Fri, 07/14/2017 - 14:00
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Application of MEG coherence in lateralization of mTLE.

Conf Proc IEEE Eng Med Biol Soc. 2016 Aug;2016:5925-5928

Authors: Nazem-Zadeh MR, Bowyer SM, Moran JE, Davoodi-Bojd E, Zillgitt A, Bagher-Ebadian H, Mahmoudi F, Elisevich KV, Soltanian-Zadeh H

Abstract
Magnetoencephalography (MEG) is a noninvasive imaging method for localization of focal epileptiform activity in patients with epilepsy. This study investigates the cerebral functional abnormalities quantified by MEG coherence laterality in mesial temporal lobe epilepsy (mTLE). Resting state MEG data was analyzed using MEG coherence source imaging (MEG-CSI) method to determine the coherence in 54 anatomical sites in 12 adult mTLE patients and 12 age- and gender-matched controls. MEG coherence laterality, after Bonferroni adjustment, showed significant differences for right versus left mTLE in insular cortex and both lateral orbitofrontal and superior temporal gyri (p<;0.025). None of these anatomical sites showed statistically significant differences in coherence laterality between right and left sides of controls. Coherence laterality was in agreement with the declared side of epileptogenicity in insular cortex (in 75% of patients) and both lateral orbitofrontal (83%) and superior temporal gyri (84%). Combining all significant laterality indices improved the lateralization accuracy to 92%. The proposed methodology for using MEG to investigate the abnormalities related to focal epileptogenicity and propagation can provide a further means of noninvasive lateralization.

PMID: 28325030 [PubMed - indexed for MEDLINE]

Posterior Dopamine D2/3 Receptors and Brain Network Functional Connectivity.

Thu, 07/13/2017 - 12:40

Posterior Dopamine D2/3 Receptors and Brain Network Functional Connectivity.

Synapse. 2017 Jul 12;:

Authors: Nagano-Saito A, Lissemore JI, Gravel P, Leyton M, Carbonell F, Benkelfat C

Abstract
Recent studies suggest that dopaminergic tone influences resting state activity in multiple brain networks. Although dopamine receptors and transporters have been identified in the posteromedial and parietal cortices, which are linked to functional networks such as the default mode network (DMN), the relationship between dopamine receptor distribution in these posterior regions and resting-state connectivity has yet to be explored. Here, we used a multi-modal neuroimaging strategy, combining resting-state functional magnetic resonance imaging (rsfMRI) and [18F]-fallypride high-resolution positron emission tomography (PET), to examine the association between within-network functional connectivity and the dopamine D2/3 receptor distribution in the posterior portion of the brain in 13 healthy adults. Our results indicate that the posterior distribution of D2/3 receptors coincides primarily with the posterior portion of the DMN. Furthermore, in the posterior portion of the brain, the level of [18F]-fallypride binding in the posteromedial cortex correlated positively with the functional connectivity strength of the DMN and sensorimotor network, and negatively with the functional connectivity strength of the dorsal attention network, the salience network, and a network that included the anterior part of the temporo-parietal junction. Based on these findings, we propose that posterior brain dopamine influences the configuration of the posterior DMN and several other functional brain networks. This article is protected by copyright. All rights reserved.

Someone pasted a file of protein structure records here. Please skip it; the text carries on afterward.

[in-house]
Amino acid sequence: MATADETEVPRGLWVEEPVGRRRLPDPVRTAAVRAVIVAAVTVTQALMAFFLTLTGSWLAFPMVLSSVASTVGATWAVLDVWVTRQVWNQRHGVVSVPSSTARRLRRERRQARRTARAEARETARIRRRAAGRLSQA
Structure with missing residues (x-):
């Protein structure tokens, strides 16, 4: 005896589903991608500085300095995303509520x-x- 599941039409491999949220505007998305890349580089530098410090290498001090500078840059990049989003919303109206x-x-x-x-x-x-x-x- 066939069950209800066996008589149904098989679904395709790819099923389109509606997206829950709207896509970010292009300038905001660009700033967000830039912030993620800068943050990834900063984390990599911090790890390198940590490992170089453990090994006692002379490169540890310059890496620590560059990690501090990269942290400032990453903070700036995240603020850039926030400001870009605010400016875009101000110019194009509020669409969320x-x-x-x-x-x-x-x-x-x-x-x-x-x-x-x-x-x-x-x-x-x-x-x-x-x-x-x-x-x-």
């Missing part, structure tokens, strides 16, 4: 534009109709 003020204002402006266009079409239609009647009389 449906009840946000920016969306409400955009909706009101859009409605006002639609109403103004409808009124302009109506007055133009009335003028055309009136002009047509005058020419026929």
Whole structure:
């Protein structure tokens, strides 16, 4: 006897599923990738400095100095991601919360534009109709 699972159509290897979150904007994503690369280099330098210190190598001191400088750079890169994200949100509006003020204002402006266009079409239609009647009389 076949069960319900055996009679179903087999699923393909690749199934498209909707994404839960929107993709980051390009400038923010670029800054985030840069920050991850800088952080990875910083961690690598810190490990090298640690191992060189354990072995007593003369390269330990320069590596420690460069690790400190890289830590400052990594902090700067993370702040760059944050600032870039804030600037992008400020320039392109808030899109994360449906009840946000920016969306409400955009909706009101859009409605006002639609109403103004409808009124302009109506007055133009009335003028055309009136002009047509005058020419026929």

PMID: 28700819 [PubMed - as supplied by publisher]

Effects of taurine on resting-state fMRI activity in spontaneously hypertensive rats.

Thu, 07/13/2017 - 12:40

Effects of taurine on resting-state fMRI activity in spontaneously hypertensive rats.

PLoS One. 2017;12(7):e0181122

Authors: Chen VC, Hsu TC, Chen LJ, Chou HC, Weng JC, Tzang BS